Georgia Garden Girl

Garden Great in Zone 8!

The First Harvest

I hope you got through last night’s storms all right. All seems to be well in my neck of the woods, but the folks over and Alabama and Mississippi are hurting again. I hope tonight’s storm is not as bad.

As I was looking for downed limbs this afternoon, I noticed them. The snow peas! The first vegetables of my spring season! All fourteen of them! Some of which were a little too small to pick but I picked them anyway! So exciting!

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Yes, there will be many more snow peas. And yes, I do long for the days of summer when I have my first Cherokee Purple on white bread with Duke’s mayonnaise. But the first harvest is a big milestone. It means that the vegetable garden is officially awake. It means that the hard work and planning are starting to pay off. And it means that I can’t continue to put off reinstalling my drip irrigation system. But for right now this second, I will savor each one of those fourteen little snow peas. Yum.

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Glorious Day!

We survived last week’s frost warning and rain and made it to Easter!  Though the day started out chilly and gray, the afternoon could not have been more beautiful.  After I worked the early shift for the mission trip pancake breakfast, attended an excellent Easter service at The Ridge, and took a walk with my trusty Great Dane Clementine, I headed outside to spend a lovely day in the yard.

As I walked around making my mental to-do list, I saw it.  My first peony blossom.  I planted peonies two years ago, but they never bloomed.  I think the cold winter encouraged the blossoms:

My First Peony Blossom

My First Peony Blossom

I also had a surprise amaryllis bloom.  I usually dig up all the amaryllis bulbs in September so I can have them blooming for the holidays (seems like they always bloom right after the holidays), but I missed this one:

Surprise Amaryllis!

Surprise Amaryllis!

After I admired the flowers, I had to get to work.  There was a lot to do!  I spent most of yesterday afternoon pulling up pansies (and weeds) to make way for summer annuals.  Today, I finally trimmed back the tea olive (I hated to cut them while they were blooming, so I just now got around to this task).  Then I planted some zucchini and basil.  Right. In. The. Front. Yard.  Yes, people, I am a rebel.  I figured 1) I’ve already got the tomato teepee, so I’m not destroying any fancy aesthetic by adding more veggies;  2) zucchini and basil are pretty; 3) there aren’t any draconian anti-vegetable restrictive covenants in my neighborhood (as far as I know); and 4) I was out of room in the raised beds.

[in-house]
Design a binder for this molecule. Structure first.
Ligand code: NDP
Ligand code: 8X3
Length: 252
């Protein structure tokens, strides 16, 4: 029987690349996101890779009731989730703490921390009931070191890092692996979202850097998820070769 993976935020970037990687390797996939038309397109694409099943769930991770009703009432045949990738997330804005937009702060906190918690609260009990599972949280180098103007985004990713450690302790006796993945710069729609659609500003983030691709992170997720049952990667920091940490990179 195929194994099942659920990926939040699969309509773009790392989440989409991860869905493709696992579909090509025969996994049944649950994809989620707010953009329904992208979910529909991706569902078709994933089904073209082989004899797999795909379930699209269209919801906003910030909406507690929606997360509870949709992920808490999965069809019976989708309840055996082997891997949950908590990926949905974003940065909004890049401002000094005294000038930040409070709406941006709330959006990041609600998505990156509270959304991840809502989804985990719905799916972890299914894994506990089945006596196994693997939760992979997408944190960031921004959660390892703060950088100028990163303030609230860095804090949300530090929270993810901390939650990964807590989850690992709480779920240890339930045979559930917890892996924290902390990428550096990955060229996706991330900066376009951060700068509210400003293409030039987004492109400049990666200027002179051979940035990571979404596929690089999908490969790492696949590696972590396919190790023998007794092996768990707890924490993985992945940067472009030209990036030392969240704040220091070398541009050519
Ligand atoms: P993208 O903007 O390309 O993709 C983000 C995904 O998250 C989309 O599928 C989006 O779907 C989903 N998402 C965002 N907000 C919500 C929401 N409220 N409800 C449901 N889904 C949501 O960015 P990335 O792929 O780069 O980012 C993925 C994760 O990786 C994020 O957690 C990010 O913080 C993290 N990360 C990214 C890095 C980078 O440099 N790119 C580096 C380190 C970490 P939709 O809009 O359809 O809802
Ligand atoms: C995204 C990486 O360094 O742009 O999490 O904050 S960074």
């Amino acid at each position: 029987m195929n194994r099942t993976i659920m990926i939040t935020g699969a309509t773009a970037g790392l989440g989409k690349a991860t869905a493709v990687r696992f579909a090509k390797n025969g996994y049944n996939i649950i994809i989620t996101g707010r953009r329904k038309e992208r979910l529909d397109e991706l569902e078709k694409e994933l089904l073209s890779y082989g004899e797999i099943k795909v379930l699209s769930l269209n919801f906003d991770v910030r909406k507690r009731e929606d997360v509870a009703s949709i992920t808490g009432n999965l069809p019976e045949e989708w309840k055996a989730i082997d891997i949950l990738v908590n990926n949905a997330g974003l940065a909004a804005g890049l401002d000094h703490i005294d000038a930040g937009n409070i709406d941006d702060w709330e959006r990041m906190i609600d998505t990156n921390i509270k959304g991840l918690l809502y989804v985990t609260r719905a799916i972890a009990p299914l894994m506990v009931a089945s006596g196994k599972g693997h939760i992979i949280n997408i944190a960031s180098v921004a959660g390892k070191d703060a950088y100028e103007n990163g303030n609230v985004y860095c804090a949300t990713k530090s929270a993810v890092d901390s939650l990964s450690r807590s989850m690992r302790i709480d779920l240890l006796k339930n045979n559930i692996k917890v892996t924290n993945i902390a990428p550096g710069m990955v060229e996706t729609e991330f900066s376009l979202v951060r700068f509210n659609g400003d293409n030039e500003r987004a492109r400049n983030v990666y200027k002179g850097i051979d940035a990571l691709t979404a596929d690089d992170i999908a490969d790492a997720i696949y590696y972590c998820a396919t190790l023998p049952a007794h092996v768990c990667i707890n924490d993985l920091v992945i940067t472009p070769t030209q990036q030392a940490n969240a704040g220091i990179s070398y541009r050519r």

I planted my dahlias right behind the zucchini and basil.  I had dug up the dahlia tubers last fall and then started them in pots in March. I planted all of the ones that had shoots (only one didn’t—oh, well).  I’m trying a new approach to weed maintenance: newspaper and pinestraw.  That’s right.  My Ledger-Enquirers will serve an important second purpose: weed barrier.  I have tested this approach in several areas in the past, and it really does work for about a season.  So I’ve decided to expand.

Why newspaper when the stores sell fancy weed barrier fabric?  Friends, I’ve tried the fabric, and I’m here to tell you: don’t waste your money.  Weeds are going to grow on top of the fabric after a year or two anyway.  It’s a pain in the neck to cut holes when you want to plant something in the fabric covered area.  And it’s expensive.  Newspaper just lasts a season, but it’s easy to cut, and it’s free.  If I want something a tad more durable–like for paths between my raised beds–I use cardboard or old towels and sheets that are too grungy for Goodwill.

A couple of pointers.  The Ledger-Enquirer is so thin that I just lay out a whole section at a time.  I find that it’s helpful to have a hose handy, particularly on a windy day.  After I lay a few sections of newspaper, I wet them so they don’t blow away.  Also, after experimenting with several different methods, I’ve determined that the best method is to cover the bed in newspaper and pinestraw, THEN plant the plants.  Here is the finished product:

Zucchini, Basil, Dahlias, Knock-Outs, and Tomatoes

Zucchini, Basil, Dahlias, Knock-Outs, and Tomatoes